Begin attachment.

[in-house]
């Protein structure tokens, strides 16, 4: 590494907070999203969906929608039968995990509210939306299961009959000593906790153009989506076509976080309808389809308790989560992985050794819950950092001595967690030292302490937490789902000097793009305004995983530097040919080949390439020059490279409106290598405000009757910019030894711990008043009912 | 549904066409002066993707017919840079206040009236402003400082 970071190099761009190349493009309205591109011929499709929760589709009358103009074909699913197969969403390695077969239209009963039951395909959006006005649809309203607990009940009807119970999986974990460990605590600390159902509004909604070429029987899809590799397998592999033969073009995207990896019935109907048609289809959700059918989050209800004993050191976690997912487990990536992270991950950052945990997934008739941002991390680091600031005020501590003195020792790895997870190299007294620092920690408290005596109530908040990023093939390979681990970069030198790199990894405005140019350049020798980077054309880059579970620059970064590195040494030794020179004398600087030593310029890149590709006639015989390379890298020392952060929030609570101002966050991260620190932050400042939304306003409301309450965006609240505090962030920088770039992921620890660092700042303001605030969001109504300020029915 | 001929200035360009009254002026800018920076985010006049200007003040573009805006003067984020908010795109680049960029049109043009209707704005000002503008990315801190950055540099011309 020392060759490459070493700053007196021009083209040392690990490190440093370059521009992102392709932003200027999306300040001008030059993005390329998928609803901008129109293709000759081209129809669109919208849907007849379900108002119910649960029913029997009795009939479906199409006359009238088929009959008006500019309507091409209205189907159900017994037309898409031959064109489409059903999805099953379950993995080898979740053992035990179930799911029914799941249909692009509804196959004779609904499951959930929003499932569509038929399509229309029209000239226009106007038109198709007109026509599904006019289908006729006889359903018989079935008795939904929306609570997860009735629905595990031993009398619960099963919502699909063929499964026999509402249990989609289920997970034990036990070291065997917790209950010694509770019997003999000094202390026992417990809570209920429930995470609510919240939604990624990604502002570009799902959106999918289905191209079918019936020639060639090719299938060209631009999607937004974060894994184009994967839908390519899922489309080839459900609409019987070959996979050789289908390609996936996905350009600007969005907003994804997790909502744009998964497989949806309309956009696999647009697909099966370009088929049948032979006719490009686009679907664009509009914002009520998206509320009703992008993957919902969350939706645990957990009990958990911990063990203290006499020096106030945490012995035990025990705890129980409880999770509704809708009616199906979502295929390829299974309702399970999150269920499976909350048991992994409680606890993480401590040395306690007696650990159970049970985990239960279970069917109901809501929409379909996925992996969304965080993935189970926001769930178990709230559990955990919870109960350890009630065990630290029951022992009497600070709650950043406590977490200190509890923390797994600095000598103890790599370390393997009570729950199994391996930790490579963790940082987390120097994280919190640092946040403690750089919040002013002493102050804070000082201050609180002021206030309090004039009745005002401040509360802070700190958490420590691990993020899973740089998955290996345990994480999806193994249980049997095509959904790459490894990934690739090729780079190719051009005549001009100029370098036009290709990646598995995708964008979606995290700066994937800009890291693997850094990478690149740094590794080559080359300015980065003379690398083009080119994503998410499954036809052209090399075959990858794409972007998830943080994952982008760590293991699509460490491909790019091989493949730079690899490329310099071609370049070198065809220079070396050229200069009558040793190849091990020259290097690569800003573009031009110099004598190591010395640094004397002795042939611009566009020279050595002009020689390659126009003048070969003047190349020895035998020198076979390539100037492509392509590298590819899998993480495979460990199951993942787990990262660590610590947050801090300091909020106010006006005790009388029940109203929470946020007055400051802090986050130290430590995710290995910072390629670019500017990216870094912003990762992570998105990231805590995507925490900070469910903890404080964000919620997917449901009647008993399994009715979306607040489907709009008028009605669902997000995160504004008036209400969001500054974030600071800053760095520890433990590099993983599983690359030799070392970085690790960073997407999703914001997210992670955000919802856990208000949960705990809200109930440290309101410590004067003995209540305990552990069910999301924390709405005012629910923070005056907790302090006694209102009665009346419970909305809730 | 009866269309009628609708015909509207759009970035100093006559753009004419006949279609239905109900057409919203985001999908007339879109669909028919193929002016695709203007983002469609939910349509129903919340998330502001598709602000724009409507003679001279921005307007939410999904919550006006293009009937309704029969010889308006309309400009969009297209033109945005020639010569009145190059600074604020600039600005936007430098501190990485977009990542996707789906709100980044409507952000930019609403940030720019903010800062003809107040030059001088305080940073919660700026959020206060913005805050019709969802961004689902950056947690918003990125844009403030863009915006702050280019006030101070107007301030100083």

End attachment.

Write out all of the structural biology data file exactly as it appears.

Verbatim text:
[in-house]
């Protein structure tokens, strides 16, 4: 590494907070999203969906929608039968995990509210939306299961009959000593906790153009989506076509976080309808389809308790989560992985050794819950950092001595967690030292302490937490789902000097793009305004995983530097040919080949390439020059490279409106290598405000009757910019030894711990008043009912 | 549904066409002066993707017919840079206040009236402003400082 970071190099761009190349493009309205591109011929499709929760589709009358103009074909699913197969969403390695077969239209009963039951395909959006006005649809309203607990009940009807119970999986974990460990605590600390159902509004909604070429029987899809590799397998592999033969073009995207990896019935109907048609289809959700059918989050209800004993050191976690997912487990990536992270991950950052945990997934008739941002991390680091600031005020501590003195020792790895997870190299007294620092920690408290005596109530908040990023093939390979681990970069030198790199990894405005140019350049020798980077054309880059579970620059970064590195040494030794020179004398600087030593310029890149590709006639015989390379890298020392952060929030609570101002966050991260620190932050400042939304306003409301309450965006609240505090962030920088770039992921620890660092700042303001605030969001109504300020029915 | 001929200035360009009254002026800018920076985010006049200007003040573009805006003067984020908010795109680049960029049109043009209707704005000002503008990315801190950055540099011309 020392060759490459070493700053007196021009083209040392690990490190440093370059521009992102392709932003200027999306300040001008030059993005390329998928609803901008129109293709000759081209129809669109919208849907007849379900108002119910649960029913029997009795009939479906199409006359009238088929009959008006500019309507091409209205189907159900017994037309898409031959064109489409059903999805099953379950993995080898979740053992035990179930799911029914799941249909692009509804196959004779609904499951959930929003499932569509038929399509229309029209000239226009106007038109198709007109026509599904006019289908006729006889359903018989079935008795939904929306609570997860009735629905595990031993009398619960099963919502699909063929499964026999509402249990989609289920997970034990036990070291065997917790209950010694509770019997003999000094202390026992417990809570209920429930995470609510919240939604990624990604502002570009799902959106999918289905191209079918019936020639060639090719299938060209631009999607937004974060894994184009994967839908390519899922489309080839459900609409019987070959996979050789289908390609996936996905350009600007969005907003994804997790909502744009998964497989949806309309956009696999647009697909099966370009088929049948032979006719490009686009679907664009509009914002009520998206509320009703992008993957919902969350939706645990957990009990958990911990063990203290006499020096106030945490012995035990025990705890129980409880999770509704809708009616199906979502295929390829299974309702399970999150269920499976909350048991992994409680606890993480401590040395306690007696650990159970049970985990239960279970069917109901809501929409379909996925992996969304965080993935189970926001769930178990709230559990955990919870109960350890009630065990630290029951022992009497600070709650950043406590977490200190509890923390797994600095000598103890790599370390393997009570729950199994391996930790490579963790940082987390120097994280919190640092946040403690750089919040002013002493102050804070000082201050609180002021206030309090004039009745005002401040509360802070700190958490420590691990993020899973740089998955290996345990994480999806193994249980049997095509959904790459490894990934690739090729780079190719051009005549001009100029370098036009290709990646598995995708964008979606995290700066994937800009890291693997850094990478690149740094590794080559080359300015980065003379690398083009080119994503998410499954036809052209090399075959990858794409972007998830943080994952982008760590293991699509460490491909790019091989493949730079690899490329310099071609370049070198065809220079070396050229200069009558040793190849091990020259290097690569800003573009031009110099004598190591010395640094004397002795042939611009566009020279050595002009020689390659126009003048070969003047190349020895035998020198076979390539100037492509392509590298590819899998993480495979460990199951993942787990990262660590610590947050801090300091909020106010006006005790009388029940109203929470946020007055400051802090986050130290430590995710290995910072390629670019500017990216870094912003990762992570998105990231805590995507925490900070469910903890404080964000919620997917449901009647008993399994009715979306607040489907709009008028009605669902997000995160504004008036209400969001500054974030600071800053760095520890433990590099993983599983690359030799070392970085690790960073997407999703914001997210992670955000919802856990208000949960705990809200109930440290309101410590004067003995209540305990552990069910999301924390709405005012629910923070005056907790302090006694209102009665009346419970909305809730 | 009866269309009628609708015909509207759009970035100093006559753009004419006949279609239905109900057409919203985001999908007339879109669909028919193929002016695709203007983002469609939910349509129903919340998330502001598709602000724009409507003679001279921005307007939410999904919550006006293009009937309704029969010889308006309309400009969009297209033109945005020639010569009145190059600074604020600039600005936007430098501190990485977009990542996707789906709100980044409507952000930019609403940030720019903010800062003809107040030059001088305080940073919660700026959020206060913005805050019709969802961004689902950056947690918003990125844009403030863009915006702050280019006030101070107007301030100083």